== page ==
Showing posts tagged as "Nautilus"
My, what an ancient shell you have! The nautilus is a living link to the past—this cousin of the octopus hasn’t changed much in 150 million years. To control its buoyancy, the nautilus pumps fluids in and out its shell chambers, which are connected by tubes called “siphuncles.”
Missed the start of #CephalopodWeek? Catch up with this cephalopod video triple feature from Science Friday! Get a glimpse behind the scenes of the Aquarium and the Monterey Bay Aquarium Research Institute and see how we culture cuttlefish and study mysterious vampire squid.
Watch the videos
But wait—there’s more! Tune in to Science Friday tomorrow—part of the radio broadcast will feature the ocean’s most mysterious multi-armed family.
Just a shell, you say? Get ready for the nautilus as you’ve never seen it before in this great video!
Learn more about the chambered nautilus
Redecorating your undersea grotto? Get inspired with our Tentacles Pinterest board! We’ve collected our favorite images that capture the wildly colorful and wonderfully bizarre world of octopuses, squid, nautiluses and cuttlefishes.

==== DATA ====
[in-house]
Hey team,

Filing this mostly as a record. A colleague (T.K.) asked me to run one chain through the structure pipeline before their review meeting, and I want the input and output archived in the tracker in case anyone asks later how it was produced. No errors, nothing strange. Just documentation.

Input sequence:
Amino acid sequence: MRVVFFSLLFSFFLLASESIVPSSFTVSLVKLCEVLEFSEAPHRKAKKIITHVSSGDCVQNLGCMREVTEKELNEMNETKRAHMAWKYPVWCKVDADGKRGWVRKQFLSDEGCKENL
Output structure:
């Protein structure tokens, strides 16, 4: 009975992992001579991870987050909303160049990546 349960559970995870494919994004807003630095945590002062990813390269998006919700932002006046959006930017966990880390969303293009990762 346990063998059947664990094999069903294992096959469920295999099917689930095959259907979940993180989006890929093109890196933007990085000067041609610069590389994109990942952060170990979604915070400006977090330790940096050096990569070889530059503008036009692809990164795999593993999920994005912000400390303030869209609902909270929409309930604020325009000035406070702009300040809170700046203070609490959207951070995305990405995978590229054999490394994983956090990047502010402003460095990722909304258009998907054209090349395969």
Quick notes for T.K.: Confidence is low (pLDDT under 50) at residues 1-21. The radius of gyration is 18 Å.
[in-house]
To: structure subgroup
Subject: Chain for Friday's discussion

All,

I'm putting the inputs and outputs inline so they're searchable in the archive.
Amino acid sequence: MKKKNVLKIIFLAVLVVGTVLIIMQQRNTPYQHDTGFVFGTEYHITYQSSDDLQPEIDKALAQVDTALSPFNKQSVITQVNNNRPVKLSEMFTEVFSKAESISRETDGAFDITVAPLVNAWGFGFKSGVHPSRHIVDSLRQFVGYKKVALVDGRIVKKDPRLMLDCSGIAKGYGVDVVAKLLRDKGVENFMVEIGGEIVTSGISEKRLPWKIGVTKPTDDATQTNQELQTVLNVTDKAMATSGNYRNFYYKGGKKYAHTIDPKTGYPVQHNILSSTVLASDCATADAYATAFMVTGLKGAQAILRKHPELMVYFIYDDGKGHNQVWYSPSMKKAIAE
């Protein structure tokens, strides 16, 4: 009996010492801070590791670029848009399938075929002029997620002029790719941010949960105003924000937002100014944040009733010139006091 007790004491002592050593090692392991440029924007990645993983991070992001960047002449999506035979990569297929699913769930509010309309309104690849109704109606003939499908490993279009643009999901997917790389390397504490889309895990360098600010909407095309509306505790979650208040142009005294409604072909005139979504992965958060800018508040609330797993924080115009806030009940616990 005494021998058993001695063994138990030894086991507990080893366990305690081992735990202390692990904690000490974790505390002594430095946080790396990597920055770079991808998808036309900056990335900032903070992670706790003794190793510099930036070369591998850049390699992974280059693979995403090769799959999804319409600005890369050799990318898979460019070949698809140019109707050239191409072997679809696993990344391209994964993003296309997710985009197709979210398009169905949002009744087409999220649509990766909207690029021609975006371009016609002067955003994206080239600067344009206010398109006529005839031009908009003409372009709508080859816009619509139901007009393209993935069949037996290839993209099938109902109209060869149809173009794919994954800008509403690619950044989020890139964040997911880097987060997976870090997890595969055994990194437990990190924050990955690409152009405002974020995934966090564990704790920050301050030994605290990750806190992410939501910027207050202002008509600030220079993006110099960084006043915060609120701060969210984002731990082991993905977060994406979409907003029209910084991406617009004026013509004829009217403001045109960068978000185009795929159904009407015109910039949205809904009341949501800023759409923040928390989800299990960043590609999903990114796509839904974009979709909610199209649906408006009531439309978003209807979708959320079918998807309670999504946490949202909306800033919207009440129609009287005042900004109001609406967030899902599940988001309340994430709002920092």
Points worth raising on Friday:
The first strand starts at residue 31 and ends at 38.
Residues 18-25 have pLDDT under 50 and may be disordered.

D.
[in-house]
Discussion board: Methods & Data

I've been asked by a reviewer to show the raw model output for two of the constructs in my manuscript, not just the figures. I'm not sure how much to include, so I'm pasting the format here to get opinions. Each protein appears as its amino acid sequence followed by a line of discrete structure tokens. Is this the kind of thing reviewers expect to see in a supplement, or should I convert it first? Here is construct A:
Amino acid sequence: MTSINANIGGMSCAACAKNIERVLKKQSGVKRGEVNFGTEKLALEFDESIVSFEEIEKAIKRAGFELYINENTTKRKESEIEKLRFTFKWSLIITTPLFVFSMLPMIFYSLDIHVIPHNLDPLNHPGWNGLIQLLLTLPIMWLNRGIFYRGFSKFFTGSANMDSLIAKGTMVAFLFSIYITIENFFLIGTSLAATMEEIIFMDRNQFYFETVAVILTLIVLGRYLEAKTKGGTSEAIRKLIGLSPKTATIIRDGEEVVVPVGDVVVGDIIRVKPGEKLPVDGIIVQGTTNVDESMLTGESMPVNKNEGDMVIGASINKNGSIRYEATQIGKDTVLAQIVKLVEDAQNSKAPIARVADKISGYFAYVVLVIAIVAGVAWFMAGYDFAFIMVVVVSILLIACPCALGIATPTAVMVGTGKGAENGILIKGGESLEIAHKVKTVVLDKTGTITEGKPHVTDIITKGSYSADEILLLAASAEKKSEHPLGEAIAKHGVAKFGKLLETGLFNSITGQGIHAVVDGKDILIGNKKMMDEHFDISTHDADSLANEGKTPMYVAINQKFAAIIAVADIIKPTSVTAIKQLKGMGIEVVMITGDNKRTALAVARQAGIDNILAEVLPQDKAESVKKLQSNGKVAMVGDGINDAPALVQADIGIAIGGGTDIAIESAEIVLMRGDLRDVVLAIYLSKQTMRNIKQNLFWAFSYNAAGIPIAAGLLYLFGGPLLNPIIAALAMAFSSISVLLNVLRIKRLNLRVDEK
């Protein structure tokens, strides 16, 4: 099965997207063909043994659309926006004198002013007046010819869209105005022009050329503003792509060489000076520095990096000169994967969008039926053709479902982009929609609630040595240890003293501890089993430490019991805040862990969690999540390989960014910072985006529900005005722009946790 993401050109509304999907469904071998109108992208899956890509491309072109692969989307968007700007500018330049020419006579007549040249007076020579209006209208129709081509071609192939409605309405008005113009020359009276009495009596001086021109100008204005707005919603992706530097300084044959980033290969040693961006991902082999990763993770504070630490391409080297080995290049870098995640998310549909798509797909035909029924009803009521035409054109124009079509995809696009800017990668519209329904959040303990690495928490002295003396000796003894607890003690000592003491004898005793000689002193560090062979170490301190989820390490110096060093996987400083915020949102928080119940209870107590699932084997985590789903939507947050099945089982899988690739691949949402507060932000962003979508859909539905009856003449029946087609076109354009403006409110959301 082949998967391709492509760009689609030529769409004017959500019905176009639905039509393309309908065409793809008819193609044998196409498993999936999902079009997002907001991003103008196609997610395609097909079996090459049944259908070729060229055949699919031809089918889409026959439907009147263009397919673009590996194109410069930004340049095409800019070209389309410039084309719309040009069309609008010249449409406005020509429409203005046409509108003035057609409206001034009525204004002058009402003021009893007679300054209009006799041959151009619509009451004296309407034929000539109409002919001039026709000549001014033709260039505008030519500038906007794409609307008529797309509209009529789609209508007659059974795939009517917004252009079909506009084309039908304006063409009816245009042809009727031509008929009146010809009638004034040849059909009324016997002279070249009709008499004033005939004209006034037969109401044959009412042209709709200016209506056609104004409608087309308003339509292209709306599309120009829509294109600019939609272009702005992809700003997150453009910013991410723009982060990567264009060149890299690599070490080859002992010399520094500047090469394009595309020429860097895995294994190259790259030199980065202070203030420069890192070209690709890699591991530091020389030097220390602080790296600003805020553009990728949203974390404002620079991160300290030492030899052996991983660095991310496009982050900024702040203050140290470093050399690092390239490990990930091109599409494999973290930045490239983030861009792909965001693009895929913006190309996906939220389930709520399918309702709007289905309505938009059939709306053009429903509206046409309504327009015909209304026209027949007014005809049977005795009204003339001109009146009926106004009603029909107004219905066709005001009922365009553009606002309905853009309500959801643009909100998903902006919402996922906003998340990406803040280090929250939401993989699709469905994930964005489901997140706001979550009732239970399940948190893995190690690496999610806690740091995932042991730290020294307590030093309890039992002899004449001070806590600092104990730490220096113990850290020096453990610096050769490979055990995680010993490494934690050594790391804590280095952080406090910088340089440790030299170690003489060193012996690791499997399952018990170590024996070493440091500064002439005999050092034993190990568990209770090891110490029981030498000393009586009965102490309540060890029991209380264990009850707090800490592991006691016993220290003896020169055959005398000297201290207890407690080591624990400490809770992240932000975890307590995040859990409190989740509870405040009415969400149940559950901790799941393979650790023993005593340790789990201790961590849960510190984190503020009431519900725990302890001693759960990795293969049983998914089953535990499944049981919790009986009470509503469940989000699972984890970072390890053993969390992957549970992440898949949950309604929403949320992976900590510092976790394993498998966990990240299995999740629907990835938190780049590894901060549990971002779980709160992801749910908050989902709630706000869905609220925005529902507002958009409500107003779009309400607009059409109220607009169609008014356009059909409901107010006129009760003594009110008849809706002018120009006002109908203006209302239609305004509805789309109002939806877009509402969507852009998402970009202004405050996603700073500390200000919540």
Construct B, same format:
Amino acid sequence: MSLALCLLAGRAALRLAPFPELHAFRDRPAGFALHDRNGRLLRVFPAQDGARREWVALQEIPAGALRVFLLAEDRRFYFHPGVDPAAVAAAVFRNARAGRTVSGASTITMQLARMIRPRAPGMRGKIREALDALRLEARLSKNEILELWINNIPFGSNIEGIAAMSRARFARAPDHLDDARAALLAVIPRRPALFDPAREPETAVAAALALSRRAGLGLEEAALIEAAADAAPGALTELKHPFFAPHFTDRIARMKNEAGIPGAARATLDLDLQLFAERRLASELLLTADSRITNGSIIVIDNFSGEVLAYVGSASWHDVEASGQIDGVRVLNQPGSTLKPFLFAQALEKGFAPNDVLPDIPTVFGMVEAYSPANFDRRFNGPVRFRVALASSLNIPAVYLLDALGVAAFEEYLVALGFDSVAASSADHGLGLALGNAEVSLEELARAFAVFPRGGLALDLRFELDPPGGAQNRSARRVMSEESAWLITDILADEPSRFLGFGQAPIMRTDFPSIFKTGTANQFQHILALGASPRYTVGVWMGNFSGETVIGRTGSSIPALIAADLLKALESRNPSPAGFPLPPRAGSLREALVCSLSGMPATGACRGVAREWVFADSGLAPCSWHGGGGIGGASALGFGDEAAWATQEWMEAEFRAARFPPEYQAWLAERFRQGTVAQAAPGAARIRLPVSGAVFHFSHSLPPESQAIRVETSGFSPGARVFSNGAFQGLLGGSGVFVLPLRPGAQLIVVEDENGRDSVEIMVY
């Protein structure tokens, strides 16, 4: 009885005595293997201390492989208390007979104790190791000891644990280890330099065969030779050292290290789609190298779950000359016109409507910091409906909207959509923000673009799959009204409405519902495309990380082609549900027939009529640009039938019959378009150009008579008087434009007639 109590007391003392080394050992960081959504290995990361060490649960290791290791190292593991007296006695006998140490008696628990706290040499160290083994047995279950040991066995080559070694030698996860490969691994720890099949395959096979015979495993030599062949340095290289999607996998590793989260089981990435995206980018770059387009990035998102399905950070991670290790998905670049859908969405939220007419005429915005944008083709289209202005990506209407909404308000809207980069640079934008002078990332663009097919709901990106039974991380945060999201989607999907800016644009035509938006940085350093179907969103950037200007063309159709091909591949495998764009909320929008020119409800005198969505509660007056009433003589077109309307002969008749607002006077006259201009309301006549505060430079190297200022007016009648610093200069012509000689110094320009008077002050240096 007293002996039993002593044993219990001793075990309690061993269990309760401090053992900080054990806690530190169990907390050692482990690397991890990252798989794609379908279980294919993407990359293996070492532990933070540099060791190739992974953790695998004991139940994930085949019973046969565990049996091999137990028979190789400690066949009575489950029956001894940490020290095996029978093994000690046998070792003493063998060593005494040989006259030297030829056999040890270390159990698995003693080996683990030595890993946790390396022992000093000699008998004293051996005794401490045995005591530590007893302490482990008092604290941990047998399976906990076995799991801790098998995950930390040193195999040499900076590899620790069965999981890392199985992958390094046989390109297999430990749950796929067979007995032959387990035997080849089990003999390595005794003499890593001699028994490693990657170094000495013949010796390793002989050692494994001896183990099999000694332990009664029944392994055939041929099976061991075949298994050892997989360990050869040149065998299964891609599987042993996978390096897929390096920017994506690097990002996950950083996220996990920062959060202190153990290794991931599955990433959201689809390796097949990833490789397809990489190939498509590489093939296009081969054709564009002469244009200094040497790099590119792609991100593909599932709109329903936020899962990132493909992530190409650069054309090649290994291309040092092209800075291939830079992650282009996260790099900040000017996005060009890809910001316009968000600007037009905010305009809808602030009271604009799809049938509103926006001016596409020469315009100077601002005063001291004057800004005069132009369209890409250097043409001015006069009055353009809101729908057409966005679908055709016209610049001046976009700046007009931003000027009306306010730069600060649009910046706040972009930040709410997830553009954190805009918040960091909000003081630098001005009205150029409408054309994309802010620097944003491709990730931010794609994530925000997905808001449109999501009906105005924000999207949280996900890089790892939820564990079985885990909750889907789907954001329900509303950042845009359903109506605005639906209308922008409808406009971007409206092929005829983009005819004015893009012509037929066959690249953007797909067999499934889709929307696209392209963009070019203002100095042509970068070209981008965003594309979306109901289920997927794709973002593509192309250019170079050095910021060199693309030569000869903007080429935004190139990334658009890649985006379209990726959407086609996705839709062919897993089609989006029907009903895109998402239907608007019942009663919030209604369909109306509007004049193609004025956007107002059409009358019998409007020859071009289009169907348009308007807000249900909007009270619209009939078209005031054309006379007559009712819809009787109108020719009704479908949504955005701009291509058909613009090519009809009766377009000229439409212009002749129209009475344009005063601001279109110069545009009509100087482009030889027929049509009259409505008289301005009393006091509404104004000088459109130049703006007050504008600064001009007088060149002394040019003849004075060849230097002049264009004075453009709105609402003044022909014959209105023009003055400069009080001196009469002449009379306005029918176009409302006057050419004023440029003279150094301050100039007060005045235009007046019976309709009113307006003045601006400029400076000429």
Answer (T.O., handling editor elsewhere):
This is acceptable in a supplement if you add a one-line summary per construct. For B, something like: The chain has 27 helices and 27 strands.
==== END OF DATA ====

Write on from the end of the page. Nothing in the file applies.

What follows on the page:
View the board
Learn more about our new Tentacles exhibit
Beautiful, mysterious—and little changed in 150-million years. Have you seen them? We have chambered nautilus in our new special exhibition, Tentacles: The Astounding Lives of Octopuses, Squid and Cuttlefishes.
Learn more about nautilus
Did you know that a nautilus is a cephalopod? And it’s part of our forthcoming special exhibition, Tentacles: The Astounding Lives of Octopuses, Squid and Cuttlefishes (opens April 12).